I can't imagine such intelligent and well-meaning people across this country and the world who simply refuse to look facts in the face. Not the fact that are perpetually discussed, like the state of the world economy, of jobs, GDP, and how consumers will behave at Christmas time. These are merely the symptoms of the root cause and the root cause in our (Canada's) case is the Canadian Bank Act which allows so-called chartered banks to loan money with zero reserves in their coffers thereby creating currency, a good thing in principle, one that keeps our economy moving like the current of a great river - into a bad thing called debt. Moreover, the resulting loans create more fictitious money based on compound interest. If the Bank of Canada according to the Bank Act "Belongs to the People of Canada" why are our governments borrowing from banks at compound interest, creating pointless public debt, when we can borrow from the Bank of Canada (ourselves) and pay 0% interest, repay the loans to ourselves and stop paying compound interest - which amounts to 85% of every tax dollar collected - to chartered banks who make endless profits. It's the emperor's new clothes for god's sake. They want another recession which will push  the citizenry into final submission to world currency and easier widespread control. Wake up good people. We can change this with public pressure, the will of the people and truly honest and brave people in government office. Oh Canada indeed.

      Alexander Nichols
      Vancouver, British Columbia


      There is a massive overwhelming public sector and dependent class (welfare) living off the productive sector which didn't borrow the debt. This has been sustained by a fiat silly monetary system printing money. Noting will change unless the system changes to a monetary system which is backed by gold and silver. It is just a matter of time before hyperinflation takes over, unfortunately. A new paper money is likely to be brought in and the productive sector will see that the money they have is worthless once again. There will be years of pain, it's in the history.

      Philip McCormack
      North Vancouver, British Columbia


      While Canada may be in a position to weather the storm,( in the words of your guest from RBC ) a very big storm seems inevitable. In my view, the ones and zeros that are attributed to debt and dysfunction and that may seem overwhelming to most of us, are little more than a coercive stick to prime us into believing that options before us are not really options at all.  Sovereignty and the nation state or our current ideas as to what these mean may be on the precipice of being irrevocably changed.  If a farmer does not increase the size and yield of his field each and every year, is his food any less valuable? Why then do we look at the limited growth of GDP as a bad thing? Droughts are by definition are temporary.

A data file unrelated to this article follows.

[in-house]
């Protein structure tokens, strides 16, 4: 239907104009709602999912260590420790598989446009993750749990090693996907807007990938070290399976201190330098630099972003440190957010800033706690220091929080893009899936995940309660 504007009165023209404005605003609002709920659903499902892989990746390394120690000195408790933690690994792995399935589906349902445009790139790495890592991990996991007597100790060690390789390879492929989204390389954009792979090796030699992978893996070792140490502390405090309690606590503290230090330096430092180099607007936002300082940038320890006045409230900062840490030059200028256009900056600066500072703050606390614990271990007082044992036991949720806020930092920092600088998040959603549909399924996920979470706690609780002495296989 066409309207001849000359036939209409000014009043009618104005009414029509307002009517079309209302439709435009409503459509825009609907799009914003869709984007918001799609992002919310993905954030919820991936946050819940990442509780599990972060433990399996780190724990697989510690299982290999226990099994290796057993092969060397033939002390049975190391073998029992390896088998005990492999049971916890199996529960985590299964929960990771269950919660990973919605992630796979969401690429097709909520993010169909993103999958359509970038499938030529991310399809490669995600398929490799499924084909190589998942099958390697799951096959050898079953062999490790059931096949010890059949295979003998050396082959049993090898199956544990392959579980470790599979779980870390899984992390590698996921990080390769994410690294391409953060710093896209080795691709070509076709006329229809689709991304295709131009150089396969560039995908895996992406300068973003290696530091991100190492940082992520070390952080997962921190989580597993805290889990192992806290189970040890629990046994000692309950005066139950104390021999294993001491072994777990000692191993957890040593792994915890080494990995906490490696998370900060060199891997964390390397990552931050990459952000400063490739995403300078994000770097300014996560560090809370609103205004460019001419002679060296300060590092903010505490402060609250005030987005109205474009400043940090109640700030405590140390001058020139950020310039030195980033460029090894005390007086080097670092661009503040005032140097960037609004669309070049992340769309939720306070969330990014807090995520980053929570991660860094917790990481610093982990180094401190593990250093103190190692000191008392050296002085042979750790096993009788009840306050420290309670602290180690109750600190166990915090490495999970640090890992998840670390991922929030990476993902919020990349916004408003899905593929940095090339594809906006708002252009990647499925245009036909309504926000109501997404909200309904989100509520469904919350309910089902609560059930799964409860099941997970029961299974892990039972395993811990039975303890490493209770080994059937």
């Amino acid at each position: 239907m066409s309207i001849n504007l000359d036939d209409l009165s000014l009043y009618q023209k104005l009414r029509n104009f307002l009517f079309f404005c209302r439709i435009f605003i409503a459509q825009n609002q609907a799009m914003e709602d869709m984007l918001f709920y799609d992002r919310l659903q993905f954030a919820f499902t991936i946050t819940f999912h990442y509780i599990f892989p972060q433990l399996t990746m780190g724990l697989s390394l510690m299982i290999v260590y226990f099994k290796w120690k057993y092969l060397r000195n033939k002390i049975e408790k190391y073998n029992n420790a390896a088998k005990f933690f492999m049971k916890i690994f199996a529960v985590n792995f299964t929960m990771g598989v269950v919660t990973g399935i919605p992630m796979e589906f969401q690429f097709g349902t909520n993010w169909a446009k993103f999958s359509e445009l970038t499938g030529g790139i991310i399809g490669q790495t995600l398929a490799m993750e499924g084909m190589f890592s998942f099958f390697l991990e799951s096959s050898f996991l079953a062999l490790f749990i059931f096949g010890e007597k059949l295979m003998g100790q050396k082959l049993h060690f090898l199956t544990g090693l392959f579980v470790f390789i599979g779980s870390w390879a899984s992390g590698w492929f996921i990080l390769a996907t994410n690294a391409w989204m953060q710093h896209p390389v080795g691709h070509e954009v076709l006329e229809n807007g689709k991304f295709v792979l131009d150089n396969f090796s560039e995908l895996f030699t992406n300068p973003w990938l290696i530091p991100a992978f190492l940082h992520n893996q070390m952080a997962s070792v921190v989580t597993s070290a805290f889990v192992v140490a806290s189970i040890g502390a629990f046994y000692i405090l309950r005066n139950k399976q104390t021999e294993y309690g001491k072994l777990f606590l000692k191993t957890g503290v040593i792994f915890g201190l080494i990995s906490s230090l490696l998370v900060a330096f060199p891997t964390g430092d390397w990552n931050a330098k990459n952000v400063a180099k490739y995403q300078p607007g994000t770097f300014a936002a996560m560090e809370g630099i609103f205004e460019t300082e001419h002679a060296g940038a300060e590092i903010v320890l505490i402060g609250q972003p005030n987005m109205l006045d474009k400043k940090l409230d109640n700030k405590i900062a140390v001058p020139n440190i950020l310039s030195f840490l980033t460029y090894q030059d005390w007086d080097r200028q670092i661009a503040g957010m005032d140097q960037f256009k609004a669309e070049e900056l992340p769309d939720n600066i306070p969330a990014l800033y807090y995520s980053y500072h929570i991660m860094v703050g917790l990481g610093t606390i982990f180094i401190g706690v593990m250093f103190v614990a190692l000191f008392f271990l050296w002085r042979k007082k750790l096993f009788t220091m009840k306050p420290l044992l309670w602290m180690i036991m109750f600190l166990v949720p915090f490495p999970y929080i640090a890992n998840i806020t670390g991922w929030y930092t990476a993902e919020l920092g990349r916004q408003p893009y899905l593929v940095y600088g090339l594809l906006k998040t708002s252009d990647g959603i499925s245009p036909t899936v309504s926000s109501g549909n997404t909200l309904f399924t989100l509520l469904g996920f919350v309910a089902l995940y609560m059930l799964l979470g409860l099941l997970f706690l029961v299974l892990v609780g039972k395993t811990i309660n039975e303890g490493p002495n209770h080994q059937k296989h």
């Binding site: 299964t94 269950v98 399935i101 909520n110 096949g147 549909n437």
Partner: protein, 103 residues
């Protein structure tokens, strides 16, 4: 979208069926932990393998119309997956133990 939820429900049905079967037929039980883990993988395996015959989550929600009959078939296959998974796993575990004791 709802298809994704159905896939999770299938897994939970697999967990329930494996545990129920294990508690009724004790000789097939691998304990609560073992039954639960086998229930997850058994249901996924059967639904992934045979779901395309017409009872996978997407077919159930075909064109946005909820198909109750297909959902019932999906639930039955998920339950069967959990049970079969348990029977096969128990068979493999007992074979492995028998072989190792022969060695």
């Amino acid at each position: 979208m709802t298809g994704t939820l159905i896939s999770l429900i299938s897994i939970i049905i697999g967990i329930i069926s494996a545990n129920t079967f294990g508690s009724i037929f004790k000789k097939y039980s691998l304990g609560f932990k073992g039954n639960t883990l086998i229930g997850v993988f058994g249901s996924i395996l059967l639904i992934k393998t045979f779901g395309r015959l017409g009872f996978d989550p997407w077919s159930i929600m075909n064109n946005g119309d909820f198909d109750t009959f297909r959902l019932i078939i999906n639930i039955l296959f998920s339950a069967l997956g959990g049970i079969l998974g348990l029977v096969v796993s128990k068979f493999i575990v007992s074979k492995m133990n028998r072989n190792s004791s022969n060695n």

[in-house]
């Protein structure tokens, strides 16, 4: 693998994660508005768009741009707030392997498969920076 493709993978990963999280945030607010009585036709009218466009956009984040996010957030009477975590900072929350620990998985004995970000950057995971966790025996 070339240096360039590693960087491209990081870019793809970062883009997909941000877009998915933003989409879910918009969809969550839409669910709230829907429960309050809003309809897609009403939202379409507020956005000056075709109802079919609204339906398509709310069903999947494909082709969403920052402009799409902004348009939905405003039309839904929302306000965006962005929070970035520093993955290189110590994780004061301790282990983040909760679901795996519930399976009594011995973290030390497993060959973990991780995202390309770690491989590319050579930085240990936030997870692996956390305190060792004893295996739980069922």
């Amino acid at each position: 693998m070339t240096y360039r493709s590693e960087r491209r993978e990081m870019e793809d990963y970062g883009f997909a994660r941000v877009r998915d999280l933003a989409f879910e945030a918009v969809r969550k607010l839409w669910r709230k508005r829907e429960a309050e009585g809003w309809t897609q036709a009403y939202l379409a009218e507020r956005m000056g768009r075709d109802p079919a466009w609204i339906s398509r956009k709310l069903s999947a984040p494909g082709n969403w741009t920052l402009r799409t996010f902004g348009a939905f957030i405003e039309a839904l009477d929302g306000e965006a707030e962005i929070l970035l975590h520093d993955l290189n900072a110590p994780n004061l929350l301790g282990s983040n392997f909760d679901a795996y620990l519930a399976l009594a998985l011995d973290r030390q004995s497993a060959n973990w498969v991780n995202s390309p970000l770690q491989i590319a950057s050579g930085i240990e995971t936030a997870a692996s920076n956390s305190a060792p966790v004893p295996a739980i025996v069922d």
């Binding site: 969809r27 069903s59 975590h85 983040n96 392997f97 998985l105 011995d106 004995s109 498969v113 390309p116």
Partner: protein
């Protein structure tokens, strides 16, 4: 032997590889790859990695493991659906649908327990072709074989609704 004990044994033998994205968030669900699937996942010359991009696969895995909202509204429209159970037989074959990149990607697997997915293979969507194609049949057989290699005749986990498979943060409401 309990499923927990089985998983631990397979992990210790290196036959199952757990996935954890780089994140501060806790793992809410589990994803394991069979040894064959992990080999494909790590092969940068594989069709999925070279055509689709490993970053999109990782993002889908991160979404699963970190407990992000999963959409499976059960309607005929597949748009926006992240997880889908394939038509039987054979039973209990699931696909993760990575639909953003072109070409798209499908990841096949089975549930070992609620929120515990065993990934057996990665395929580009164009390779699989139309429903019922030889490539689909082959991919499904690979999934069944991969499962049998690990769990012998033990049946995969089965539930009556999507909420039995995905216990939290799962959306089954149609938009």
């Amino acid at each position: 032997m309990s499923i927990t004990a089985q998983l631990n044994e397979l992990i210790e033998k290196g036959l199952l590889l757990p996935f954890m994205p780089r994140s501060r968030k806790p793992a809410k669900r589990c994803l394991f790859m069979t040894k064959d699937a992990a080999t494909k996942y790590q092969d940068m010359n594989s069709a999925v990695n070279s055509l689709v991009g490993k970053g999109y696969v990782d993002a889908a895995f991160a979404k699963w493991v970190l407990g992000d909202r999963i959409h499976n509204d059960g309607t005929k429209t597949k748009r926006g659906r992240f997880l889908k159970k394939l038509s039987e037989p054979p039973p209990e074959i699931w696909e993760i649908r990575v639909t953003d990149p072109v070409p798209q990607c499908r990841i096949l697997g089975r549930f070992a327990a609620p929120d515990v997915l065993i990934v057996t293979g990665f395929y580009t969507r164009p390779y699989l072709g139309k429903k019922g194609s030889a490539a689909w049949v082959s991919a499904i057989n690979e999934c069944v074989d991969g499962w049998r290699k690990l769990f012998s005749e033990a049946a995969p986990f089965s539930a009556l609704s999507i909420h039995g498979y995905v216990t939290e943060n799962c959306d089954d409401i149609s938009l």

Del Vezeau


      Both Ireland and Spain had very low debt levels prior to 2008. Their current problems were not a result of government spending. Ireland's debt was lower than Canada's is today. The excessive focus on government spending is only relevant to selected countries, mainly Greece and Italy. If we fail to pay attention to this reality we fail to ask the questions relevant to Canada: namely, do we have substantial non-governmental risks which may eventually land in government's lap as in Ireland?

      Michael Mendelson
      Toronto, Ontario


      Twice today I have heard pundits on CBC saying that Ireland was being fiscally responsible.  I lived in Ireland between 2002 and 2007 and you would have to be blind to see that this was not the case.  The people, the banks and the governments were spending money as if it were going out of style.  Individuals thought that their days of poverty were over and they were on easy street forever.  The government was using tax policy to encourage investments that would make no sense otherwise.  The banks were lending as if growth would go on forever.  The government was spending money everywhere it could find someone willing to take it.  It was obvious that a crash was coming. When I left many people were beginning to see that they were on a treadmill to nowhere but did not know how to get off. 

      David Lorge Parnas
      Ottawa, Ontario


      Because everything is connected economically, Canada cannot avoid being impacted by what is going on in the world.  I picture the countries of the world as people tied to a railway track.  The train is going to hit everyone, it's just a question of when, but Canada is positioned as one of the last to be hit.  For some reason our leaders in politics and economics herald this as a reason to celebrate and congratulate ourselves.  The global economy has pretty much reached its breaking point but we will all crash together.

      A previous caller asked, "what is money?".Money is debt.  Governments borrow money into existence and the interest generated demands that more money than exists is to be repaid.  Where does the money come from to pay off the interest?  It is borrowed with interest - and so on and so forth.

      Jake Hunt
      Ottawa, Ontario


      The bottom line is the financial sector worldwide created this mess, then the G20 countries alone took over $17 trillion of taxpayer money to prop up the misdeeds and greed to take us slowly to the cliff we are about to go over. Now they want more of our money, to cut jobs and services, etc. to continue their ill gotten gains. Use us then blame us, then penalize us.